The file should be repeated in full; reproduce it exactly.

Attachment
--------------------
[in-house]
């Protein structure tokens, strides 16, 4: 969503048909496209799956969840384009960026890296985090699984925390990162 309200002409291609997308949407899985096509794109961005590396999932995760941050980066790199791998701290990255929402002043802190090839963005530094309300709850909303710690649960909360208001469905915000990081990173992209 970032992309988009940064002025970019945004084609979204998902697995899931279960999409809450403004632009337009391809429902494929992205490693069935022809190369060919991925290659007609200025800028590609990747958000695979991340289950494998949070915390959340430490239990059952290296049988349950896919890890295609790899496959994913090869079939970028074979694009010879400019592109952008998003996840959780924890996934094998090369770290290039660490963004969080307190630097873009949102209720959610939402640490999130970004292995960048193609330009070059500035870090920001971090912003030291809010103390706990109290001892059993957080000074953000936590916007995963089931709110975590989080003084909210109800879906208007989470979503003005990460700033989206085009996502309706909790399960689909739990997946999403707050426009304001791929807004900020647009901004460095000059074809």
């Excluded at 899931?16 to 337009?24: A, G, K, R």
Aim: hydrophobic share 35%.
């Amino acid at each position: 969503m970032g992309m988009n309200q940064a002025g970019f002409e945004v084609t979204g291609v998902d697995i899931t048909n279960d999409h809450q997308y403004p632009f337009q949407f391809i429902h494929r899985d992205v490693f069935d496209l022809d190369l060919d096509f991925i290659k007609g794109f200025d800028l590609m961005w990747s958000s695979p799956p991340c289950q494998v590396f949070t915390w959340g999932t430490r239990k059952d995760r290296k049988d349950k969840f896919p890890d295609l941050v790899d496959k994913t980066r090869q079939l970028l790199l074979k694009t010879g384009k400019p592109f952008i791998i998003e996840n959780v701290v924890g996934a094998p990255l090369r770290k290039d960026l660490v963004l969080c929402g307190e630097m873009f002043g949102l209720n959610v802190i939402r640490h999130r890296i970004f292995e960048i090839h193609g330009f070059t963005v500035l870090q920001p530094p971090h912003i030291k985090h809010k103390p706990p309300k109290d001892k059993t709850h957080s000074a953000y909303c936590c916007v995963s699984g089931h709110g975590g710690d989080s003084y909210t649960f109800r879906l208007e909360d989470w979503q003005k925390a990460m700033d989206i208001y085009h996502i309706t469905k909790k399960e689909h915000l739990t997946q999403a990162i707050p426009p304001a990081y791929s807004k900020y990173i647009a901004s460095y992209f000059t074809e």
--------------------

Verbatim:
[in-house]
């Protein structure tokens, strides 16, 4: 969503048909496209799956969840384009960026890296985090699984925390990162 309200002409291609997308949407899985096509794109961005590396999932995760941050980066790199791998701290990255929402002043802190090839963005530094309300709850909303710690649960909360208001469905915000990081990173992209 970032992309988009940064002025970019945004084609979204998902697995899931279960999409809450403004632009337009391809429902494929992205490693069935022809190369060919991925290659007609200025800028590609990747958000695979991340289950494998949070915390959340430490239990059952290296049988349950896919890890295609790899496959994913090869079939970028074979694009010879400019592109952008998003996840959780924890996934094998090369770290290039660490963004969080307190630097873009949102209720959610939402640490999130970004292995960048193609330009070059500035870090920001971090912003030291809010103390706990109290001892059993957080000074953000936590916007995963089931709110975590989080003084909210109800879906208007989470979503003005990460700033989206085009996502309706909790399960689909739990997946999403707050426009304001791929807004900020647009901004460095000059074809």
């Excluded at 899931?16 to 337009?24: A, G, K, R």
Aim: hydrophobic share 35%.
């Amino acid at each position: 969503m970032g992309m988009n309200q940064a002025g970019f002409e945004v084609t979204g291609v998902d697995i899931t048909n279960d999409h809450q997308y403004p632009f337009q949407f391809i429902h494929r899985d992205v490693f069935d496209l022809d190369l060919d096509f991925i290659k007609g794109f200025d800028l590609m961005w990747s958000s695979p799956p991340c289950q494998v590396f949070t915390w959340g999932t430490r239990k059952d995760r290296k049988d349950k969840f896919p890890d295609l941050v790899d496959k994913t980066r090869q079939l970028l790199l074979k694009t010879g384009k400019p592109f952008i791998i998003e996840n959780v701290v924890g996934a094998p990255l090369r770290k290039d960026l660490v963004l969080c929402g307190e630097m873009f002043g949102l209720n959610v802190i939402r640490h999130r890296i970004f292995e960048i090839h193609g330009f070059t963005v500035l870090q920001p530094p971090h912003i030291k985090h809010k103390p706990p309300k109290d001892k059993t709850h957080s000074a953000y909303c936590c916007v995963s699984g089931h709110g975590g710690d989080s003084y909210t649960f109800r879906l208007e909360d989470w979503q003005k925390a990460m700033d989206i208001y085009h996502i309706t469905k909790k399960e689909h915000l739990t997946q999403a990162i707050p426009p304001a990081y791929s807004k900020y990173i647009a901004s460095y992209f000059t074809e």